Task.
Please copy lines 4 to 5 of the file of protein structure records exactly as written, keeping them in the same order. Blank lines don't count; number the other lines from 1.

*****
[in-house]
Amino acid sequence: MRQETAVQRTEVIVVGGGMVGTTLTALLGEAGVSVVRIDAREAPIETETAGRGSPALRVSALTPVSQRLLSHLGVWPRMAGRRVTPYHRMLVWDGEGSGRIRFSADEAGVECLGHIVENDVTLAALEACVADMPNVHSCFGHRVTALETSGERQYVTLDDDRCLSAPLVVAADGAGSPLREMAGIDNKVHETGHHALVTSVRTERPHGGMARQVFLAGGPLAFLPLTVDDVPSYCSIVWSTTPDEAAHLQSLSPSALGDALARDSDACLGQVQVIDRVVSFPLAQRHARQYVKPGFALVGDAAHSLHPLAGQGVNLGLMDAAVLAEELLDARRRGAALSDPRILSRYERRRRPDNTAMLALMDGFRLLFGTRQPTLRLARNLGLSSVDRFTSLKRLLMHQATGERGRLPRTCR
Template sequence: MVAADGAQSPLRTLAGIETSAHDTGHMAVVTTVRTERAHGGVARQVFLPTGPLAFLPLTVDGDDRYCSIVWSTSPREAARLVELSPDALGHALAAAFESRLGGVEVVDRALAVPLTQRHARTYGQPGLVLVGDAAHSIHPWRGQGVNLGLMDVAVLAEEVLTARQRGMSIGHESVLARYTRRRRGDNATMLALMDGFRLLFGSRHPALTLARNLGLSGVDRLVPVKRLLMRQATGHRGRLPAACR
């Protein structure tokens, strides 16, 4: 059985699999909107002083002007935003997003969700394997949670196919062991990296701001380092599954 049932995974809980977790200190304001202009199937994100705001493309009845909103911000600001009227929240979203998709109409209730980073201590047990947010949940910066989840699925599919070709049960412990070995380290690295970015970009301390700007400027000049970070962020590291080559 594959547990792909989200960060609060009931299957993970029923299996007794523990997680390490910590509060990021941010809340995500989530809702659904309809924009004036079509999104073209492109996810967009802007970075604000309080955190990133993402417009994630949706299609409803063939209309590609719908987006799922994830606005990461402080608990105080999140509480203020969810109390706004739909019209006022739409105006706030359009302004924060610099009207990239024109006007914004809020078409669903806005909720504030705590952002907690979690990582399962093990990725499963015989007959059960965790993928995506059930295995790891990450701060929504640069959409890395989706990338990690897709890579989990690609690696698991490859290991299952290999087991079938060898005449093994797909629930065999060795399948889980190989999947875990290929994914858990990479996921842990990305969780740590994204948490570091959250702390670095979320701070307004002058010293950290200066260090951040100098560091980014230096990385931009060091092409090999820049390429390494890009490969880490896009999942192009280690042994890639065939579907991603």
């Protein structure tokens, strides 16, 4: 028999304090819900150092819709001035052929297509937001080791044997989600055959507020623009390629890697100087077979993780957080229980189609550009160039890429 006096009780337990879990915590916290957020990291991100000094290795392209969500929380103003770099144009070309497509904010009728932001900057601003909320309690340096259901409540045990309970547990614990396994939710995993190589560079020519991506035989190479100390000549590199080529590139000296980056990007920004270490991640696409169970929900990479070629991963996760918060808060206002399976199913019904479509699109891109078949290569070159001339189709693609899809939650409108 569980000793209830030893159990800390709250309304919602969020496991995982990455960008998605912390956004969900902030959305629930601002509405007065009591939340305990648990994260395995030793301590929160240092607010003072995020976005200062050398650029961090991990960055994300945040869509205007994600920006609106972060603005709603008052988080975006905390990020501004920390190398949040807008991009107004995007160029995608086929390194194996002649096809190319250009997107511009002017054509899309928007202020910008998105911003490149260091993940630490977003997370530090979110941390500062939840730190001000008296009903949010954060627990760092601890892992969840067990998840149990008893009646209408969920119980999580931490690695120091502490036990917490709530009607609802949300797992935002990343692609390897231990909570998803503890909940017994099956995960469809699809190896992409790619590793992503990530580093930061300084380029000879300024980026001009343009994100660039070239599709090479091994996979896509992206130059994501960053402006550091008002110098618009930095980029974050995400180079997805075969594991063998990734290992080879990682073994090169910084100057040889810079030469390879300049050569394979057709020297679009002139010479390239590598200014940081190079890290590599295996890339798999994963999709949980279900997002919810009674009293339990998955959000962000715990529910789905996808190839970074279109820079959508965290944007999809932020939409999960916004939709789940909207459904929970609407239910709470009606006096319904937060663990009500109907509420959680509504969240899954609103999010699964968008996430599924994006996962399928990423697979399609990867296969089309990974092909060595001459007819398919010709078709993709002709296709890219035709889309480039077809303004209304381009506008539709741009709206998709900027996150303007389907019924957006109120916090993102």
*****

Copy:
């Protein structure tokens, strides 16, 4: 059985699999909107002083002007935003997003969700394997949670196919062991990296701001380092599954 049932995974809980977790200190304001202009199937994100705001493309009845909103911000600001009227929240979203998709109409209730980073201590047990947010949940910066989840699925599919070709049960412990070995380290690295970015970009301390700007400027000049970070962020590291080559 594959547990792909989200960060609060009931299957993970029923299996007794523990997680390490910590509060990021941010809340995500989530809702659904309809924009004036079509999104073209492109996810967009802007970075604000309080955190990133993402417009994630949706299609409803063939209309590609719908987006799922994830606005990461402080608990105080999140509480203020969810109390706004739909019209006022739409105006706030359009302004924060610099009207990239024109006007914004809020078409669903806005909720504030705590952002907690979690990582399962093990990725499963015989007959059960965790993928995506059930295995790891990450701060929504640069959409890395989706990338990690897709890579989990690609690696698991490859290991299952290999087991079938060898005449093994797909629930065999060795399948889980190989999947875990290929994914858990990479996921842990990305969780740590994204948490570091959250702390670095979320701070307004002058010293950290200066260090951040100098560091980014230096990385931009060091092409090999820049390429390494890009490969880490896009999942192009280690042994890639065939579907991603």
């Protein structure tokens, strides 16, 4: 028999304090819900150092819709001035052929297509937001080791044997989600055959507020623009390629890697100087077979993780957080229980189609550009160039890429 006096009780337990879990915590916290957020990291991100000094290795392209969500929380103003770099144009070309497509904010009728932001900057601003909320309690340096259901409540045990309970547990614990396994939710995993190589560079020519991506035989190479100390000549590199080529590139000296980056990007920004270490991640696409169970929900990479070629991963996760918060808060206002399976199913019904479509699109891109078949290569070159001339189709693609899809939650409108 569980000793209830030893159990800390709250309304919602969020496991995982990455960008998605912390956004969900902030959305629930601002509405007065009591939340305990648990994260395995030793301590929160240092607010003072995020976005200062050398650029961090991990960055994300945040869509205007994600920006609106972060603005709603008052988080975006905390990020501004920390190398949040807008991009107004995007160029995608086929390194194996002649096809190319250009997107511009002017054509899309928007202020910008998105911003490149260091993940630490977003997370530090979110941390500062939840730190001000008296009903949010954060627990760092601890892992969840067990998840149990008893009646209408969920119980999580931490690695120091502490036990917490709530009607609802949300797992935002990343692609390897231990909570998803503890909940017994099956995960469809699809190896992409790619590793992503990530580093930061300084380029000879300024980026001009343009994100660039070239599709090479091994996979896509992206130059994501960053402006550091008002110098618009930095980029974050995400180079997805075969594991063998990734290992080879990682073994090169910084100057040889810079030469390879300049050569394979057709020297679009002139010479390239590598200014940081190079890290590599295996890339798999994963999709949980279900997002919810009674009293339990998955959000962000715990529910789905996808190839970074279109820079959508965290944007999809932020939409999960916004939709789940909207459904929970609407239910709470009606006096319904937060663990009500109907509420959680509504969240899954609103999010699964968008996430599924994006996962399928990423697979399609990867296969089309990974092909060595001459007819398919010709078709993709002709296709890219035709889309480039077809303004209304381009506008539709741009709206998709900027996150303007389907019924957006109120916090993102």